Communities — Voices and Insights - Washington Times
Skip to content

Communities

Related Articles

A SpaceX Falcon 9 rocket (Photo: Associated Press)

Space: The next frontier

Ask any baby boomer and there are two dates they will remember and can tell you where they were when the news hit. The first is Nov. 22, 1963, when President John F. Kennedy was assassinated.

Slavery, war and the artifacts left behind

Destruction of historical statues, icons and documents appears to be one of the latest fads of the Left. This idea seemed a bit quaint for the "hate America" fringe until it caught fire with the Leftist establishment.

Communist party supporters carry portraits of Soviet founder Vladimir Lenin, left, and Soviet dictator Josef Stalin during a demonstration marking the 100th anniversary of the 1917 Bolshevik revolution in Moscow, Russia, Tuesday, Nov. 7, 2017. Thousands of Communist demonstrators marked the centennial of the 1917 Bolshevik revolution Tuesday by marching across downtown Moscow. (AP Photo/Alexander Zemlianichenko)

A history deficit obscures the real crimes done to Russia

It never ceases to amaze me the way the left attempts to rewrite history. I find it especially dangerous that our millennial generation is so misinformed about the past, communism in particular. Marxism and communism did not die after the Cold War was won, they simply morphed and went underground in our media and education system, only to raise their ugly heads decades later.

FILE - In this Feb. 27, 2017 file photo, House Speaker Paul Ryan of Wis., and Senate Majority Leader Mitch McConnell of Ky. meet with reporters outside the White House in Washington. Congress is still trying to send President Donald Trump his first unqualified legislative triumph, nearly six months after Republicans grabbed full control of Washington. Now, lawmakers are returning from their July 4 recess with an added objective _ averting some full-blown political disasters.  (AP Photo/Pablo Martinez Monsivais, File) **FILE**

Tax reform: How the GOP can win big

The GOP needs the right kind of win, not a simple "check-the-box" win or a perfunctory "we-finally-did-something" win. No, the GOP needs the kind of win that will give Americans the confidence that Republicans should remain in control of Washington after next year's elections.

U.S. Capitol

Lawmakers' CPFB repeal worthy of (some) applause

Congress deserves applause for repealing an obtuse rule prohibiting agreements requiring arbitration to resolve consumer finance disputes issued by the Consumer Protection Finance Board (CPFB). The rule's chief beneficiaries were trial lawyers, not bank customers.

Time for 21st century spiritual creativity

America has always been a spiritually creative country. From the insights of the Founding Fathers to the various historical periods of "great awakenings," America has been a startup nation for repackaging the spiritual impulse.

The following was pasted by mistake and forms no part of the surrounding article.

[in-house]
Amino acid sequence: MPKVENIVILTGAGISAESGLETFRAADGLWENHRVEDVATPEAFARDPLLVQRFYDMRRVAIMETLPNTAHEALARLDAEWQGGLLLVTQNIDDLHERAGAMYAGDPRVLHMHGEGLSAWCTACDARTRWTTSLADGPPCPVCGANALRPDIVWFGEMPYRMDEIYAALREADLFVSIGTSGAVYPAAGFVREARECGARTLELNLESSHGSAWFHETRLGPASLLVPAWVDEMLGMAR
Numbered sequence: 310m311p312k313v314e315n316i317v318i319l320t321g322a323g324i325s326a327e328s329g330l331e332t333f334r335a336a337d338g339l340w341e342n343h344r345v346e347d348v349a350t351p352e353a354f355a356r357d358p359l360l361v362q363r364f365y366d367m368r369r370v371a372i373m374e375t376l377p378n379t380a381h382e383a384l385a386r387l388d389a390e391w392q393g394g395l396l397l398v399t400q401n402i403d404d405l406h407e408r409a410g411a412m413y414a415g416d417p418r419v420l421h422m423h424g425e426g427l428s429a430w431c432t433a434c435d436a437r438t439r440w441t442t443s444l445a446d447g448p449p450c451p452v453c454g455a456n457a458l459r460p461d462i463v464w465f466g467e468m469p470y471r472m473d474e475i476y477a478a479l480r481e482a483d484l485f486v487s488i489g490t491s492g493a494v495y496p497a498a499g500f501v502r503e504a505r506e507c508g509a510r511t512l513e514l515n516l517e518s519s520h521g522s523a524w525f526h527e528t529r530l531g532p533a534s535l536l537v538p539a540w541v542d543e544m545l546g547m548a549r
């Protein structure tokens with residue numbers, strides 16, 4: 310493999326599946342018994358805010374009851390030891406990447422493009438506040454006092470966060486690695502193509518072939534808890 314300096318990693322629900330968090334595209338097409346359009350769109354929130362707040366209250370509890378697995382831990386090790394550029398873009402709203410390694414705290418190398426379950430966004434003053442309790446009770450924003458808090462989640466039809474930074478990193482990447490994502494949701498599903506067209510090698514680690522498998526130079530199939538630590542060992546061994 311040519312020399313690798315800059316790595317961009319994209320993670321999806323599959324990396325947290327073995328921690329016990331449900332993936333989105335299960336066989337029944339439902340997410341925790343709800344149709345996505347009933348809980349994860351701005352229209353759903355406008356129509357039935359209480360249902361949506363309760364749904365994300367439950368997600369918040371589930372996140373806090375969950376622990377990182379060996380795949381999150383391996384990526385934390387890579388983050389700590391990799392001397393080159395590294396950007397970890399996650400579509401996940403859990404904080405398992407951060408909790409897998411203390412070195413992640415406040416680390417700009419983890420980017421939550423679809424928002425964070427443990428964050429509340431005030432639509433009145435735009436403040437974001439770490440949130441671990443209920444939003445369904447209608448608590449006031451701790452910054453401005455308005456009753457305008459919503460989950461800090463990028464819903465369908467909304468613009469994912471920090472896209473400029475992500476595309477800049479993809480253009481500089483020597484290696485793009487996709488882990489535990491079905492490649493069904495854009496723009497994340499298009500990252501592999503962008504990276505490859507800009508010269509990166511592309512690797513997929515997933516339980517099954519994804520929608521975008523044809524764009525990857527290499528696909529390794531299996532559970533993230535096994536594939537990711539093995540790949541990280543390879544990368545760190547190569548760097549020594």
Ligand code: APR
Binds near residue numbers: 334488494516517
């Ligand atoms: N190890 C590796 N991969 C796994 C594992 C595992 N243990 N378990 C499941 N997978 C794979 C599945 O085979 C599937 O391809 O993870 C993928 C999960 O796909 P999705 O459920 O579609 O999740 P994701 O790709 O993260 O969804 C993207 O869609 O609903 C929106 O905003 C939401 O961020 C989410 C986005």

U.S. veterans may need to deal with U.S. corruption

On a recent trip to Chisinau to investigate the political situation in the tiny former Soviet republic, I had the pleasure of meeting with a very distinguished gentleman, a former colonel in the Moldovan armed forces, who fought in the war against pro-Russian separatists in the early 1990s during the Transdniester conflict, a small strip of land bordering Ukraine

A cautionary tale from Ukraine on prosecutors and power

As special counsel Robert Mueller announced his first indictments of Paul Manafort and others in the Russia election hacking probe, it seems a good time to examine what can happen when a prosecutor is weaponized to attack political and business adversaries.

Illustration on Reagan's unflagging state of effectiveness throughout his two terms as president by Alexander Hunter/The Washington Times

Let Trump be Trump

It is common knowledge that the reason Ronald Reagan fired his first 1980 campaign manager John Sears was his loss to George H.W. Bush in the Iowa caucuses straw poll. Mr. Sears was replaced by William Casey, with Edwin Meese and Michael Deaver getting more involved in the campaign and all of them urging to let "Reagan to be Reagan."

A woman walks past a poster warning against foreign spies displayed in an alleyway in Beijing, China, Wednesday, April 20, 2016. China is marking National Security Education Day with the poster warning young female government workers about dating handsome foreigners, who could turn out to have secret agendas. (AP Photo/Ng Han Guan)

China's new video urges children to spy, snitch on parents

In an effort which would make Mao and Stalin proud, China is getting families into the spying game. To celebrate its first National Security Education Day on Nov. 10th, the communist government is launching a ten-minute video for children explaining how to tell if someone in your family is working for a foreign government.